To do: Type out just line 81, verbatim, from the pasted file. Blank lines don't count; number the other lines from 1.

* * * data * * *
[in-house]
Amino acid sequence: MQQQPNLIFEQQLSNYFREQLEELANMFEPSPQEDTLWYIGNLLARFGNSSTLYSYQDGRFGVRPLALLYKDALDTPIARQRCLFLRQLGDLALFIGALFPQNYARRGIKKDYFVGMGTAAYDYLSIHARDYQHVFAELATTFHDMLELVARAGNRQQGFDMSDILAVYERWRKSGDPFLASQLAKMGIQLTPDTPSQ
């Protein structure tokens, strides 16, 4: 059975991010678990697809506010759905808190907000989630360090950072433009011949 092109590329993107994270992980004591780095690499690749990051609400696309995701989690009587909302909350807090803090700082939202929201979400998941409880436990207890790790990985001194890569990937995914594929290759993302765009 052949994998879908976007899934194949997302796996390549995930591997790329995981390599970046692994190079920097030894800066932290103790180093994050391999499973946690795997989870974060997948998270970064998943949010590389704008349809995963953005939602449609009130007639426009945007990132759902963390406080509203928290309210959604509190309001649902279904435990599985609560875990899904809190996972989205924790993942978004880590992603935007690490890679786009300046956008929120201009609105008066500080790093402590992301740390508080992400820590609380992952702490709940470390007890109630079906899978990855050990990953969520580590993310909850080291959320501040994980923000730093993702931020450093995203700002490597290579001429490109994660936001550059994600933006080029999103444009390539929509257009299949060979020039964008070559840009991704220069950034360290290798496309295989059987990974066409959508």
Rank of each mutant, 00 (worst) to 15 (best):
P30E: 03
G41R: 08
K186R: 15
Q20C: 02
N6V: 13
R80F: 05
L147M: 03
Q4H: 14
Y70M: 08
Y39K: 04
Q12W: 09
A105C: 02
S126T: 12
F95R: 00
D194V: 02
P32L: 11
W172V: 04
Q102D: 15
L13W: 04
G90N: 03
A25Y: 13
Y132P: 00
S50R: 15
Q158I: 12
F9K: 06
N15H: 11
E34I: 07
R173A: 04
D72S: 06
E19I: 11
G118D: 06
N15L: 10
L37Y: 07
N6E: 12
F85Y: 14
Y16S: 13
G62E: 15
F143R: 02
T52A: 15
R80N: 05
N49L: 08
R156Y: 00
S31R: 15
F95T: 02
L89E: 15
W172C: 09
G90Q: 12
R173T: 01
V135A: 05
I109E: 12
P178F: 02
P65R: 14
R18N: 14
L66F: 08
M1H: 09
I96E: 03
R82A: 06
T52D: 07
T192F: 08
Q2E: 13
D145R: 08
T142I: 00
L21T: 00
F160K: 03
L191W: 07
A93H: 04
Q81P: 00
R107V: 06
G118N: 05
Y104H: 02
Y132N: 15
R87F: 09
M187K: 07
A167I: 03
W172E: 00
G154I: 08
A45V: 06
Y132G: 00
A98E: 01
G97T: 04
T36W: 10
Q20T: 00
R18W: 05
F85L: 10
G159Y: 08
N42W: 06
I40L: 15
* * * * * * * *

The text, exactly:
A45V: 06